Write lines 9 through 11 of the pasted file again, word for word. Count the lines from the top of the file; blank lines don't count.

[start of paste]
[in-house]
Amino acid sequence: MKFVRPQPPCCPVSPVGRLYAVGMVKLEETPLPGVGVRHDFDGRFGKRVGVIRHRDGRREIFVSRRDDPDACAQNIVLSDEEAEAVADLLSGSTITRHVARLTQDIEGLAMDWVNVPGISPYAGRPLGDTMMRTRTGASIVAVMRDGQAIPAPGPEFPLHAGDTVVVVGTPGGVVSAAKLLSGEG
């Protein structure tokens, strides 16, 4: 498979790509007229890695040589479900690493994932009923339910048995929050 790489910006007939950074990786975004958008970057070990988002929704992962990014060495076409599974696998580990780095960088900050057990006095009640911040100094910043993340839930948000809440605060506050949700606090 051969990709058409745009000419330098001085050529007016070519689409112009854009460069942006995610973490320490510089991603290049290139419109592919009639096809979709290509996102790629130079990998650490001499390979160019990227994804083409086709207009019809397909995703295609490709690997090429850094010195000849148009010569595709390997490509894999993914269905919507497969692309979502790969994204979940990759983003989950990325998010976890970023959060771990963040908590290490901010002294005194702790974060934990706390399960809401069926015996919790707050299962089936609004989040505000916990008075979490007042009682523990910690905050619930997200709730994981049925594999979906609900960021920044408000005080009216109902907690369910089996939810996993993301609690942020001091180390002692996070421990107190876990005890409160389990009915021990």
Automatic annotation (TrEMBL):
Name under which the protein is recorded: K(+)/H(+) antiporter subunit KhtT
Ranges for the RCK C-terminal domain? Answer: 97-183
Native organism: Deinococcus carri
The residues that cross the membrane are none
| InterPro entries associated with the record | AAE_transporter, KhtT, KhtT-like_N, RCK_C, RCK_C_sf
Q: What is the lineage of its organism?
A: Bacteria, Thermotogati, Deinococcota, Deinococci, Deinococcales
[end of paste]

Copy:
| InterPro entries associated with the record | AAE_transporter, KhtT, KhtT-like_N, RCK_C, RCK_C_sf
Q: What is the lineage of its organism?
A: Bacteria, Thermotogati, Deinococcota, Deinococci, Deinococcales